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'There’s this wound': Kiku Hughes uses sci-fi to explore generational trauma in deeply personal 'Displacement'
Kiku Hughes is a cartoonist known for her science fiction and fantasy stories in various anthologies, including Alloy, Beyond, Elements, and Avatar: The Last Airbender – Team Avatar Tales, but her new book, her first full-length project as a writer and artist, is both science fiction and a deeply personal story. Displacement is similar to Octavia Butler’s seminal novel Kindred, a debt that Hughes freely admits, except that in this case the main character, also named Kiku, travels back in time to experience America's Japanese internment camps alongside the grandmother she never knew. As Kiku keeps being pulled back she’s forced to experience what other Japanese Americans, or nikkei, went through, and she later discovers that this isn’t an isolated singular experience but something that many others have also lived through.
In Displacement, Hughes uses science fiction to talk about communal trauma and personal history, tying together the past, present, and future in a way that science fiction can do well, all in an effort to get at the emotional truth of her grandmother’s life and story and what it means for her — and all of us — today. SYFY WIRE caught up with Hughes to talk about the book, which hit shelves last month.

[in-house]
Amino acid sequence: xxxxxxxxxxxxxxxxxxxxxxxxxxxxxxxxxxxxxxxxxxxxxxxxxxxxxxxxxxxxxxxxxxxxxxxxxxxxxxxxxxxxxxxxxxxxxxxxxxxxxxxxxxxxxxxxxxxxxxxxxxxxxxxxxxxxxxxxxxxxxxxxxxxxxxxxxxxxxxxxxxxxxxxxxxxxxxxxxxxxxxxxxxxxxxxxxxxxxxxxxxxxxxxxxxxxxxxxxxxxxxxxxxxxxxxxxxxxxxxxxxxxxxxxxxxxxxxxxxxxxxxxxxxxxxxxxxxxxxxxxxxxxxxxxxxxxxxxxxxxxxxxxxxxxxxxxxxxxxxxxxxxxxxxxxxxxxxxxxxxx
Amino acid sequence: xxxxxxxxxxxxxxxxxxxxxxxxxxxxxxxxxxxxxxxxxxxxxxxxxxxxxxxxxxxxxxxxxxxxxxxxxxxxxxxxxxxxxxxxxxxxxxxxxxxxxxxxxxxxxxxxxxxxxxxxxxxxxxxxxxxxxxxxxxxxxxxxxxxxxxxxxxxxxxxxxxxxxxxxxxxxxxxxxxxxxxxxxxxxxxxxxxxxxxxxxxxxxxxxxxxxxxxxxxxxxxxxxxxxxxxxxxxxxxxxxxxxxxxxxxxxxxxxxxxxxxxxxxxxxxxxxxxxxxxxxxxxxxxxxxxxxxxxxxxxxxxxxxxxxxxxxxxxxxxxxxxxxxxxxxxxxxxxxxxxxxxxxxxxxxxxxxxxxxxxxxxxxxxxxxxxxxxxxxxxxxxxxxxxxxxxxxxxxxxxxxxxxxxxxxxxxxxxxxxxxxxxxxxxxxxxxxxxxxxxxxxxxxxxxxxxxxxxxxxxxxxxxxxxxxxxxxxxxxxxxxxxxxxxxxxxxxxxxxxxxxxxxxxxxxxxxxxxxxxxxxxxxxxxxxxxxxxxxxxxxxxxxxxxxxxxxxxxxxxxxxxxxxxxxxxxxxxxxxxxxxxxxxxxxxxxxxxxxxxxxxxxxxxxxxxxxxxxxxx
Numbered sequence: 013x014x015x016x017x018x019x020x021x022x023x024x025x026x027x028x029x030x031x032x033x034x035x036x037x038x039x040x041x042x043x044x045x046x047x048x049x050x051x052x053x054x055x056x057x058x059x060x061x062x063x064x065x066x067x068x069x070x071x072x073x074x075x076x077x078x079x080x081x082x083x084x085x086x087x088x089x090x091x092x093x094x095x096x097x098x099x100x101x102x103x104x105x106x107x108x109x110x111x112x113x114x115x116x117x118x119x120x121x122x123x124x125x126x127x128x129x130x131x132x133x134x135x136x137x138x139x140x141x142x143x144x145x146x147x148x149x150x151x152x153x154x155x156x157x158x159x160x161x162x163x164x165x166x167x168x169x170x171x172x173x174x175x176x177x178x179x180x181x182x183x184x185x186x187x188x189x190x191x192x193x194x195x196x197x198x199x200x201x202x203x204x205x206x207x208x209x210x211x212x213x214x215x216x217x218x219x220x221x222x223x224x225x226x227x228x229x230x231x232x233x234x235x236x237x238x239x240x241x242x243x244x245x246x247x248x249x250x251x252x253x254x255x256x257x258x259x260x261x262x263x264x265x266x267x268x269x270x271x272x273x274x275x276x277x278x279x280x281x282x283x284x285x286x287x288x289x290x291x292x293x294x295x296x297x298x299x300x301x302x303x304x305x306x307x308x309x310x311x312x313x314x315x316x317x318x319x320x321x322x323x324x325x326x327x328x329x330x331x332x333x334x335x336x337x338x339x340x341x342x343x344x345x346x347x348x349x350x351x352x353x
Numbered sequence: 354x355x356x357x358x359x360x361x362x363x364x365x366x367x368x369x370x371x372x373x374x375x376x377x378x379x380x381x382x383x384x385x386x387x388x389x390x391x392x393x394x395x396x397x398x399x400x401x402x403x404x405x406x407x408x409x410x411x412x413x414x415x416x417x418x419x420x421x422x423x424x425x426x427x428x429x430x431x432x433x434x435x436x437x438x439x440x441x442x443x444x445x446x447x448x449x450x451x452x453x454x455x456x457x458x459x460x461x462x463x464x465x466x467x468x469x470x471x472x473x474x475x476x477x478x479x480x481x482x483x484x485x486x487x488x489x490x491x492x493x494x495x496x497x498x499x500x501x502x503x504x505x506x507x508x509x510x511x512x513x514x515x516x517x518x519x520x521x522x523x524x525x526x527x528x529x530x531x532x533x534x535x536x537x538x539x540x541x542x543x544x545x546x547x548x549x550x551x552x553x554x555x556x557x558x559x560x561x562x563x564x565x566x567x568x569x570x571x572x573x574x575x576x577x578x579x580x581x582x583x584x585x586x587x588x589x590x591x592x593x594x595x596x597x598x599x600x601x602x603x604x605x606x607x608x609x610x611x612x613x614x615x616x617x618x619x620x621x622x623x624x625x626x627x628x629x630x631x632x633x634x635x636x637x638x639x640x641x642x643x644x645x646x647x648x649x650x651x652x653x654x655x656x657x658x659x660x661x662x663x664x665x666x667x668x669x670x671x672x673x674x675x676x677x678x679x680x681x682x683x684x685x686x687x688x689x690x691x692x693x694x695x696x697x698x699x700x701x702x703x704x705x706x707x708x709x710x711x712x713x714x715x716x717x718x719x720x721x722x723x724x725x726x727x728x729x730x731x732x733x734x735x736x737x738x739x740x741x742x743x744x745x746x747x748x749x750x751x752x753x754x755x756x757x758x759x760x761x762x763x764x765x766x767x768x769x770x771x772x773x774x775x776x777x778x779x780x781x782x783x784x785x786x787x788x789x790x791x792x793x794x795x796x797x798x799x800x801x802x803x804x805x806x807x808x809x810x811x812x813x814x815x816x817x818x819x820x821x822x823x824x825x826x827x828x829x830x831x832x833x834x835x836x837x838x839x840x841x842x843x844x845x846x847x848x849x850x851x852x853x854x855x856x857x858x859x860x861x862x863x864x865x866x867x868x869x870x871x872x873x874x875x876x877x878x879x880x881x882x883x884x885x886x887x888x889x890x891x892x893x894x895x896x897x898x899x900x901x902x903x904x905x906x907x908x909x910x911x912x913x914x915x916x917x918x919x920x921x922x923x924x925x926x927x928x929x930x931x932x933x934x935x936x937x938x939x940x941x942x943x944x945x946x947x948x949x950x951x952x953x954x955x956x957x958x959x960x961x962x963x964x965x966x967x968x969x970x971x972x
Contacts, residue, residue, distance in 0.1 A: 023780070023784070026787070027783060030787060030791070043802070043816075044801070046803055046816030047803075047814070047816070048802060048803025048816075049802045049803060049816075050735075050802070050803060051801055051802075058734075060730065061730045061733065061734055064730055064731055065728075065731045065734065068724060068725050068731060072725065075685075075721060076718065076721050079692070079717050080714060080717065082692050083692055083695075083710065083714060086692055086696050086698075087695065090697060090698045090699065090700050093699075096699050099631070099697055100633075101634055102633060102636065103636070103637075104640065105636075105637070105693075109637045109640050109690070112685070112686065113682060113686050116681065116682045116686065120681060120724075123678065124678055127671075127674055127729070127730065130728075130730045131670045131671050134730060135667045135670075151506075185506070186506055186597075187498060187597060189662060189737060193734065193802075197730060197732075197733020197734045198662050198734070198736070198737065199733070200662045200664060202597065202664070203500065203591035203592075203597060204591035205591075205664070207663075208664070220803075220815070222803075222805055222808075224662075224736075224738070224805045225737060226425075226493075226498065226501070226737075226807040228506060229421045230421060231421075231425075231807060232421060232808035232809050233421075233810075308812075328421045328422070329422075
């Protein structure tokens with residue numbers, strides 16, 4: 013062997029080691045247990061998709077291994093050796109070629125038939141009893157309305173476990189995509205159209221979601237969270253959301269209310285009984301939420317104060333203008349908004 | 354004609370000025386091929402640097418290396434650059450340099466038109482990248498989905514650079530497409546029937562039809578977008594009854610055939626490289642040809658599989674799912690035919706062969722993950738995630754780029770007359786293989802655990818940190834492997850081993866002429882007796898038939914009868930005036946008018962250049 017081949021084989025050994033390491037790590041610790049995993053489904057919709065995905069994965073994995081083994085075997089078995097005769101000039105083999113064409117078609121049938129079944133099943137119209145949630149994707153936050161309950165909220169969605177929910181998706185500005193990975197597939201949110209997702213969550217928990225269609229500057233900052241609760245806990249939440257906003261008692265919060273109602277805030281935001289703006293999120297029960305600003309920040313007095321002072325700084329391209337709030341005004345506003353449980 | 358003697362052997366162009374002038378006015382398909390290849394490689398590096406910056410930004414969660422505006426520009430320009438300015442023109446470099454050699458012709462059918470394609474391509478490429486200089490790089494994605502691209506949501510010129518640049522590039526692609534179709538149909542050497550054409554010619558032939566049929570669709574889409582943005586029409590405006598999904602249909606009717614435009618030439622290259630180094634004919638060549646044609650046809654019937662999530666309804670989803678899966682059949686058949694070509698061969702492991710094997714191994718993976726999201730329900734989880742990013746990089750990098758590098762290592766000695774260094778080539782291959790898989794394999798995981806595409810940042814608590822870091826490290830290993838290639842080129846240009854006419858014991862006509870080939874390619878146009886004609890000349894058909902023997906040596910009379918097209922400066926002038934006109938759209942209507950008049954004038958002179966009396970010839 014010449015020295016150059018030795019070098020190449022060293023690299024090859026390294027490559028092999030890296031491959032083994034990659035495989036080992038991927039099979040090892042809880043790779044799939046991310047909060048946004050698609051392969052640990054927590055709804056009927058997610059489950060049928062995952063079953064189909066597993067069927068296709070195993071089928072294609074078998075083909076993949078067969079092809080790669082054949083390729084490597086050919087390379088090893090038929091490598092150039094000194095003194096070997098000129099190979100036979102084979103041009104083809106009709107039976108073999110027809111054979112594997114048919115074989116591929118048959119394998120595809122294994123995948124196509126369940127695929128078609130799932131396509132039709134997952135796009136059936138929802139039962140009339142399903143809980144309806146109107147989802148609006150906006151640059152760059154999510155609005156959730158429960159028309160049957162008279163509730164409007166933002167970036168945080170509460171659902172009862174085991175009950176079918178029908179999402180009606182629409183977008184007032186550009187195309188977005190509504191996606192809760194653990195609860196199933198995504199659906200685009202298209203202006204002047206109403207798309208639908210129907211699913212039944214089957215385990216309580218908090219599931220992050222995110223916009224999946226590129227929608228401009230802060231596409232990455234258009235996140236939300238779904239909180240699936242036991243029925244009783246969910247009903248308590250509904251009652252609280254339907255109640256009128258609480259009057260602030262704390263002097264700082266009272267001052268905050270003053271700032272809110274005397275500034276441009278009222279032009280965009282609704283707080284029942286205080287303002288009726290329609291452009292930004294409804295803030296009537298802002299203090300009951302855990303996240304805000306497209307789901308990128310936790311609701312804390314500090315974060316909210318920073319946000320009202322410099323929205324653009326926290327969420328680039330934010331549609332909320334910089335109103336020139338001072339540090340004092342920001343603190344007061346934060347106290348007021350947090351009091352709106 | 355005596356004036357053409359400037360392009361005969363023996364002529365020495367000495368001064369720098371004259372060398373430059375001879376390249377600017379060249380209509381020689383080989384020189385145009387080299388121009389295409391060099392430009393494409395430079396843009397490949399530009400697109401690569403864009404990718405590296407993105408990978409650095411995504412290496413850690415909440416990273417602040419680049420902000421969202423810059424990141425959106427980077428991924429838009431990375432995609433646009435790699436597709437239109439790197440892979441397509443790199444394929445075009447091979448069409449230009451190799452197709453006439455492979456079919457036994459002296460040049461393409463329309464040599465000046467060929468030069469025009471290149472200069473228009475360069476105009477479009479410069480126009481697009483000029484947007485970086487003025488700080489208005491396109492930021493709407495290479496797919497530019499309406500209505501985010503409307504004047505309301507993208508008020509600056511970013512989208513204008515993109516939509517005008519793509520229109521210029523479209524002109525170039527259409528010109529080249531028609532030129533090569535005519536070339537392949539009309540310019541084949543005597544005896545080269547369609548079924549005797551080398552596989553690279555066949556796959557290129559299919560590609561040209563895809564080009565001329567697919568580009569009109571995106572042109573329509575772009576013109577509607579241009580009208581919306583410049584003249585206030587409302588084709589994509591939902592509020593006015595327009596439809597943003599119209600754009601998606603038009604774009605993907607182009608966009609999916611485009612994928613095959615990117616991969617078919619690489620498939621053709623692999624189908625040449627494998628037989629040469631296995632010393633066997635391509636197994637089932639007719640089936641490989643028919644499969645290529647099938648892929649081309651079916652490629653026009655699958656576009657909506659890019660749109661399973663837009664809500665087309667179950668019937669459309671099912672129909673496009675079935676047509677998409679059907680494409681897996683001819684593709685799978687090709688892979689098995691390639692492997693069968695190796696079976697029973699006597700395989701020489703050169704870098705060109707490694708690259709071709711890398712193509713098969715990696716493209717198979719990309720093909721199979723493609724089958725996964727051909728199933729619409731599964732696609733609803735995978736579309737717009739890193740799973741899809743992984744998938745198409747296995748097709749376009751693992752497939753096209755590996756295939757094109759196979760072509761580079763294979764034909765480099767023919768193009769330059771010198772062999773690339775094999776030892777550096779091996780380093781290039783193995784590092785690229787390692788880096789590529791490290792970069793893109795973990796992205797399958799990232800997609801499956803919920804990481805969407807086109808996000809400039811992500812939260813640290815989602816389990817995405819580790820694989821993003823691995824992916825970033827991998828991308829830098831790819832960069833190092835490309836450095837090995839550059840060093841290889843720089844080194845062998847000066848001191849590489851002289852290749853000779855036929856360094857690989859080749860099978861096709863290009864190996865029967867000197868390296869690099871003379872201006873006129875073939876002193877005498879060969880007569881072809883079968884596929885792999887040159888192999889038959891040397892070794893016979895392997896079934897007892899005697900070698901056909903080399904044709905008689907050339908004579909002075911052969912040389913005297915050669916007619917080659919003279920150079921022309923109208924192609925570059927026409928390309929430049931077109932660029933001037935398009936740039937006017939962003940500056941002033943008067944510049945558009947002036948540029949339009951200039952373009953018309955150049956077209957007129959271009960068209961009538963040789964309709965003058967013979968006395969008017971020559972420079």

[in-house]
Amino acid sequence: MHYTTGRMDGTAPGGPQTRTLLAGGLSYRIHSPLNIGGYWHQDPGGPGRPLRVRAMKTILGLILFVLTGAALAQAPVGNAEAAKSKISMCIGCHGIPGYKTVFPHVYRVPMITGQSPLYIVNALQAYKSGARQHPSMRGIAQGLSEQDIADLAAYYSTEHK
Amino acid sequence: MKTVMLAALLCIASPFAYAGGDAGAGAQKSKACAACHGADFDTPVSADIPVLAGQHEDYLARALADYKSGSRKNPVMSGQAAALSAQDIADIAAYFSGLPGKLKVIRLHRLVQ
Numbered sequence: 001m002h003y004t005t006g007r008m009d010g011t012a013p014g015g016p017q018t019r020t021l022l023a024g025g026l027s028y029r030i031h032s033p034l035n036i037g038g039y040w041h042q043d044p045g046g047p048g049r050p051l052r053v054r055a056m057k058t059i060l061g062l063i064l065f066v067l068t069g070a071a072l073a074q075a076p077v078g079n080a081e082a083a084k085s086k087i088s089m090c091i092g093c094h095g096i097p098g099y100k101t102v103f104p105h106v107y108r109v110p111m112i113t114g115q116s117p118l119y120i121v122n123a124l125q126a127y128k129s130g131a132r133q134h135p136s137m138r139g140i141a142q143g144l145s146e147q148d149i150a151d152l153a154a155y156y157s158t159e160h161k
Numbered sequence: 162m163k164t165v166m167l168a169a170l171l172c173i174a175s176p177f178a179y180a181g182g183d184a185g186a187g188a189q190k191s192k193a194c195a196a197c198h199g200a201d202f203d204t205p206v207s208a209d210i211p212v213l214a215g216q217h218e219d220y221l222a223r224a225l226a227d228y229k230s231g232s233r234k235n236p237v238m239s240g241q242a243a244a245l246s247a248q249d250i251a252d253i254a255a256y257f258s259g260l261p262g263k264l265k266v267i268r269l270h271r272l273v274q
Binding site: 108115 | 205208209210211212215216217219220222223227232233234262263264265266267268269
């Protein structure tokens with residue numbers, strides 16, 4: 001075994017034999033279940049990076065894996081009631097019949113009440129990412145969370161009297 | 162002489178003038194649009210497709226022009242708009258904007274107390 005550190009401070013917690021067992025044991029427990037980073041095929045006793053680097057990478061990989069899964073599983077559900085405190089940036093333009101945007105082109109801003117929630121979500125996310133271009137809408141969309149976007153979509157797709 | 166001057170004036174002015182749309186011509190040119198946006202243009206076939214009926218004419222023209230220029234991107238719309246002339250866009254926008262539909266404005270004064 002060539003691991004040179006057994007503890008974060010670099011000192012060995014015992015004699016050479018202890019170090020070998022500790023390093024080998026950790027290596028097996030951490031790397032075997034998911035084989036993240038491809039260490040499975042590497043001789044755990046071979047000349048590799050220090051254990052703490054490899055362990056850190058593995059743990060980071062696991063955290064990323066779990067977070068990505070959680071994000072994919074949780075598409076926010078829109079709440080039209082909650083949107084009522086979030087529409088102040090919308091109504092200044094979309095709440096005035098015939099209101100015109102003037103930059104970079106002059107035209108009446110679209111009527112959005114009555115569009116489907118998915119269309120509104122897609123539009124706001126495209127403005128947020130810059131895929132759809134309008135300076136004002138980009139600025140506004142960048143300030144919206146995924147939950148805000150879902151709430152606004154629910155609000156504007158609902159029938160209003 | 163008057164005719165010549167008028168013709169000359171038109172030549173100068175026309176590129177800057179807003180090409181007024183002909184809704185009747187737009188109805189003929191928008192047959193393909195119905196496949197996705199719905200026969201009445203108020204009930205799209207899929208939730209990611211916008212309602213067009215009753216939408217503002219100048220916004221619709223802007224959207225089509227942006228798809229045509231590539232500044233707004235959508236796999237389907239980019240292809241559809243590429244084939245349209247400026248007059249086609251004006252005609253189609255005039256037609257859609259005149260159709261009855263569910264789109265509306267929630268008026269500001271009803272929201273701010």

Why did you decide to tell this story as opposed to a piece of historical fiction or another approach?
There were a lot of details that were impossible for me to actually know. Specifically about my grandmother’s life, because she died long before I was born. There were so many things that she never talked about or mentioned. There are details about the camp that were not going to be available to me just because so many people never talked about the camps and the fact that the government didn’t talk about all the details.
I wanted to create a story where it was emphasizing the importance of what a community carries with it. The lasting effects of these big historical moments that didn’t necessarily rely on the specific factual details, but on the emotional details and the way trauma is carried. I felt like time travel/memory travel was almost a more accurate way of telling the story that I wanted to tell, which was how generations down are affected by these racist policies and community trauma.
You mentioned that Octavia Butler was an inspiration.
I read Kindred in college and it was not only an extremely powerful book but also opened my eyes to the ways that sci-fi can be used to tell really authentic stories. It was using sci-fi and time travel tropes as a narrative device — and almost a metaphor — for community trauma. What Butler did with time travel really showed the ways that history is malleable and the ways that history affects us are much more important. She was one of my writing inspirations and heroes.
In the third part of Displacement, Kiku talks with her mother, who says, "That happened to me also," which gets at this idea of family and community trauma. That this isn’t a singular experience for the character.
I definitely didn’t want it to be about my character’s singular journey, because it was representative of every nikkei, and every later generation’s experience of trying to either figure out what happened or just feeling the effects of the camps without even meaning to or looking for it.